Last week MSM Legal’s Director, Catherine, answered some questions on ABC Radio in Adelaide about travel exemptions. Over the last few months, we have seen that there is a lot of frustration in the community about why some partner visas require their holder to obtain a travel exemption and why others do not.

If you hold a partner visa of any type, are currently offshore (not in Australia) and wish to enter Australia for the first time or return home to Australia, you need to understand whether you will need a travel exemption or not.

This article will clarify which partner visas require the holder to obtain a travel exemption before entering Australia, which do not and why this is.

Introduction

There are three types of partner visas:

  1. Partner Visa (Married/de-facto in Australia) subclass 820 (provisional) & 801 (permanent);
  2. Partner Visa (married/de-facto overseas) subclass 309 (provisional) & 100 (permanent); and
  3. Prospective Marriage visa (overseas) subclass 300 (sometimes referred to as the Fiancé / Fiancée Visa).

As we all know, there is currently a travel ban on traveling to Australia unless you fall into one of two categories:

  • you are in the category of people who do not require a travel exemption; or
  • you have an individual travel exemption.

The category of people who do not require a travel exemption include, amongst others, immediate family members of Australian Citizens and Australian Permanent Residents.

 

Definitions

As above, your status as an immediate family member of an Australian Citizen or an Australian Permanent Resident, will determine whether or not you require a travel exemption to travel to Australia (because if you are an immediate family member of an Australian Citizen/Permanent Resident, you do not need a travel exemption!)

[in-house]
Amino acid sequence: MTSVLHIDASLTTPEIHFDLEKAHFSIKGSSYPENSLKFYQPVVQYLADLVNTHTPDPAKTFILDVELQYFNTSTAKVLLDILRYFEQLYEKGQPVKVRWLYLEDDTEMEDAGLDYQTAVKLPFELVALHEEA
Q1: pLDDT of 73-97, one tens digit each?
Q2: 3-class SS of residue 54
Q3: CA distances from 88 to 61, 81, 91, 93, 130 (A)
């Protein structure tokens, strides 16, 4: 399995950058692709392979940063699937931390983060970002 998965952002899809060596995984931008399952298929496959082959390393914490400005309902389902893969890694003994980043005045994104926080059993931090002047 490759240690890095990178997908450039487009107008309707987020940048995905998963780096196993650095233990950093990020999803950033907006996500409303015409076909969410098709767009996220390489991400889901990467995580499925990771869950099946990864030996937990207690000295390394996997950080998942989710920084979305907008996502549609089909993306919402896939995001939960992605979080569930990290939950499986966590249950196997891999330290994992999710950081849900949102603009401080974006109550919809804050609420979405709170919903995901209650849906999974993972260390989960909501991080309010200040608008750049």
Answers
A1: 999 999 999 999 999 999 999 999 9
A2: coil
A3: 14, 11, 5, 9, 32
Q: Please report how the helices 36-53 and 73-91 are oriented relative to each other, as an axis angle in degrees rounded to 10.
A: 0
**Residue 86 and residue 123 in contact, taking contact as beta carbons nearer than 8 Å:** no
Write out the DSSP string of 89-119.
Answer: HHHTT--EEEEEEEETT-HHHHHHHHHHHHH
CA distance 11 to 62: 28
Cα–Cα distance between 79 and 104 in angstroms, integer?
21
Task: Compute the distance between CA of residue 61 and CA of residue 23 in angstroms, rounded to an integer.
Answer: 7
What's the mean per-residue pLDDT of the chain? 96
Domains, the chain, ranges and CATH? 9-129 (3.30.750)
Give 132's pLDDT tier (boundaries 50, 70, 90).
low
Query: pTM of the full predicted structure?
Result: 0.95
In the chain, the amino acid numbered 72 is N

Relevantly, the Department of Home Affairs’ definition of an immediate family member is (amongst others) a person who is a spouse or a de-factor partner of an Australian Citizen or Permanent Resident.

A spouse is a person who:

  • is legally married to another person in a marriage which is recognised under the Migration Act 1958;
  • has a mutual commitment with their spouse, to a shared life together to the exclusion of all others;
  • the relationship is continuing and genuine; and
  • they live together or, if they live separately, do not do so on a permanent basis.

A person is in a de-facto relationship with another if they:

  1. are not married;
  2. have a relationship that is genuine and continuing; and
  3. they:
    a. live together; or
    b. do not live separately/apart on a permanent basis; and
    c. are not related by family.

Using the above definitions, we can now understand how the travel ban situation has resulted in a situation where Prospective Marriage (subclass 300) visa holders are not automatically exempt from the need to apply for permission to enter Australia, whilst the other partner visa holders are automatically exempt.

Let’s break it down

Subclass 820, 801, 309 and 100 Partner Visas

Partner Visas (married/de-facto) subclasses 820, 801, 309 and 100 all have to demonstrate that they are in a married or de-facto relationship as defined above, in order to be granted these visas.

Married couples are married whether they applied for and were granted their visa in Australia or outside of Australia.  As part of the visa application process, they would have provided evidence that they usually do live together (rental receipts, joint mortgage documents etc.).